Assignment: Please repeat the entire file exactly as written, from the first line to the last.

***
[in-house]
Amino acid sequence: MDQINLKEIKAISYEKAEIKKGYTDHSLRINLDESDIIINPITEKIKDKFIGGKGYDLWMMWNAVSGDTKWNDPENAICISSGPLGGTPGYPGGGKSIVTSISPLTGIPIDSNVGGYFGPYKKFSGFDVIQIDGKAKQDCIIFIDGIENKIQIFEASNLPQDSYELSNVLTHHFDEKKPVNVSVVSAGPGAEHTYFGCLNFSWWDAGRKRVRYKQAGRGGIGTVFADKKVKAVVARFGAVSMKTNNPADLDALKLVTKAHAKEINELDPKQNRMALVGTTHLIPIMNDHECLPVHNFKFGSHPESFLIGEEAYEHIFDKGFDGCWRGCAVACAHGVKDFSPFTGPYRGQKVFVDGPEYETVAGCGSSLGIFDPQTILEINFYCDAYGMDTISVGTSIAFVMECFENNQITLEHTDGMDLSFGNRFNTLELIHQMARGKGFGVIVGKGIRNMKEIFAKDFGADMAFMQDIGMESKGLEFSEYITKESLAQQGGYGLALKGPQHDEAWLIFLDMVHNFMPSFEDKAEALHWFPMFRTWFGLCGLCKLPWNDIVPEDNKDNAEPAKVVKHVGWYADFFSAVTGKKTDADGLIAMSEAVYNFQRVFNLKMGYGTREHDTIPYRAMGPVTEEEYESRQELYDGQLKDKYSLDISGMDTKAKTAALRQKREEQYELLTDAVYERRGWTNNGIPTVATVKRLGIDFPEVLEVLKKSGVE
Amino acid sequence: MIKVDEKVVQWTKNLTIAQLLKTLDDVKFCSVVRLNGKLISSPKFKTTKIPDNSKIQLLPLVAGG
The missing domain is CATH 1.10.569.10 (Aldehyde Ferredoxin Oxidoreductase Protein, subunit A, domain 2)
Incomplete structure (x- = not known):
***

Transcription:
[in-house]
Amino acid sequence: MDQINLKEIKAISYEKAEIKKGYTDHSLRINLDESDIIINPITEKIKDKFIGGKGYDLWMMWNAVSGDTKWNDPENAICISSGPLGGTPGYPGGGKSIVTSISPLTGIPIDSNVGGYFGPYKKFSGFDVIQIDGKAKQDCIIFIDGIENKIQIFEASNLPQDSYELSNVLTHHFDEKKPVNVSVVSAGPGAEHTYFGCLNFSWWDAGRKRVRYKQAGRGGIGTVFADKKVKAVVARFGAVSMKTNNPADLDALKLVTKAHAKEINELDPKQNRMALVGTTHLIPIMNDHECLPVHNFKFGSHPESFLIGEEAYEHIFDKGFDGCWRGCAVACAHGVKDFSPFTGPYRGQKVFVDGPEYETVAGCGSSLGIFDPQTILEINFYCDAYGMDTISVGTSIAFVMECFENNQITLEHTDGMDLSFGNRFNTLELIHQMARGKGFGVIVGKGIRNMKEIFAKDFGADMAFMQDIGMESKGLEFSEYITKESLAQQGGYGLALKGPQHDEAWLIFLDMVHNFMPSFEDKAEALHWFPMFRTWFGLCGLCKLPWNDIVPEDNKDNAEPAKVVKHVGWYADFFSAVTGKKTDADGLIAMSEAVYNFQRVFNLKMGYGTREHDTIPYRAMGPVTEEEYESRQELYDGQLKDKYSLDISGMDTKAKTAALRQKREEQYELLTDAVYERRGWTNNGIPTVATVKRLGIDFPEVLEVLKKSGVE
Amino acid sequence: MIKVDEKVVQWTKNLTIAQLLKTLDDVKFCSVVRLNGKLISSPKFKTTKIPDNSKIQLLPLVAGG
The missing domain is CATH 1.10.569.10 (Aldehyde Ferredoxin Oxidoreductase Protein, subunit A, domain 2)
Incomplete structure (x- = not known):